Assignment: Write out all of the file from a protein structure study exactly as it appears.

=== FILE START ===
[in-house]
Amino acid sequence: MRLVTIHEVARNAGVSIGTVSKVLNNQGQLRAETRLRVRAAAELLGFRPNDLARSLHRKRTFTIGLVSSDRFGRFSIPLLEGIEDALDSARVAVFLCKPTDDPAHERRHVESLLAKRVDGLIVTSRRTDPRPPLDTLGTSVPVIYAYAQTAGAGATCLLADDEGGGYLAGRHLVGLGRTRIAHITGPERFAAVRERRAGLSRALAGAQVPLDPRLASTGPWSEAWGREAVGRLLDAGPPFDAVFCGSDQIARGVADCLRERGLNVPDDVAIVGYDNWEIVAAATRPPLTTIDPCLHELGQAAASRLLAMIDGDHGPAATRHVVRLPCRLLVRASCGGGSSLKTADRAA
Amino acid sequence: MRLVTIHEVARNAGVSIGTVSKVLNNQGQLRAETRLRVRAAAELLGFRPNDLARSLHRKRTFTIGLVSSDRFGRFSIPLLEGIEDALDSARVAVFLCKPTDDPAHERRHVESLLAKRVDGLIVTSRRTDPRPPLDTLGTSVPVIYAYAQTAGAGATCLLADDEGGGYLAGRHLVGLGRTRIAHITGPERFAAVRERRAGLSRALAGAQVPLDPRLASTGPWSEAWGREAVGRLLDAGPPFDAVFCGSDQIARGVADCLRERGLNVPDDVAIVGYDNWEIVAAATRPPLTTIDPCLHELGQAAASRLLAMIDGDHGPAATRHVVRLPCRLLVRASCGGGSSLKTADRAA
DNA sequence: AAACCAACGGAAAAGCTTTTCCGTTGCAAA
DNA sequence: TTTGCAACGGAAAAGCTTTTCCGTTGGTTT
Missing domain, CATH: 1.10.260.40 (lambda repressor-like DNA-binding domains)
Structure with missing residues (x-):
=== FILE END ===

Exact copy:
[in-house]
Amino acid sequence: MRLVTIHEVARNAGVSIGTVSKVLNNQGQLRAETRLRVRAAAELLGFRPNDLARSLHRKRTFTIGLVSSDRFGRFSIPLLEGIEDALDSARVAVFLCKPTDDPAHERRHVESLLAKRVDGLIVTSRRTDPRPPLDTLGTSVPVIYAYAQTAGAGATCLLADDEGGGYLAGRHLVGLGRTRIAHITGPERFAAVRERRAGLSRALAGAQVPLDPRLASTGPWSEAWGREAVGRLLDAGPPFDAVFCGSDQIARGVADCLRERGLNVPDDVAIVGYDNWEIVAAATRPPLTTIDPCLHELGQAAASRLLAMIDGDHGPAATRHVVRLPCRLLVRASCGGGSSLKTADRAA
Amino acid sequence: MRLVTIHEVARNAGVSIGTVSKVLNNQGQLRAETRLRVRAAAELLGFRPNDLARSLHRKRTFTIGLVSSDRFGRFSIPLLEGIEDALDSARVAVFLCKPTDDPAHERRHVESLLAKRVDGLIVTSRRTDPRPPLDTLGTSVPVIYAYAQTAGAGATCLLADDEGGGYLAGRHLVGLGRTRIAHITGPERFAAVRERRAGLSRALAGAQVPLDPRLASTGPWSEAWGREAVGRLLDAGPPFDAVFCGSDQIARGVADCLRERGLNVPDDVAIVGYDNWEIVAAATRPPLTTIDPCLHELGQAAASRLLAMIDGDHGPAATRHVVRLPCRLLVRASCGGGSSLKTADRAA
DNA sequence: AAACCAACGGAAAAGCTTTTCCGTTGCAAA
DNA sequence: TTTGCAACGGAAAAGCTTTTCCGTTGGTTT
Missing domain, CATH: 1.10.260.40 (lambda repressor-like DNA-binding domains)
Structure with missing residues (x-):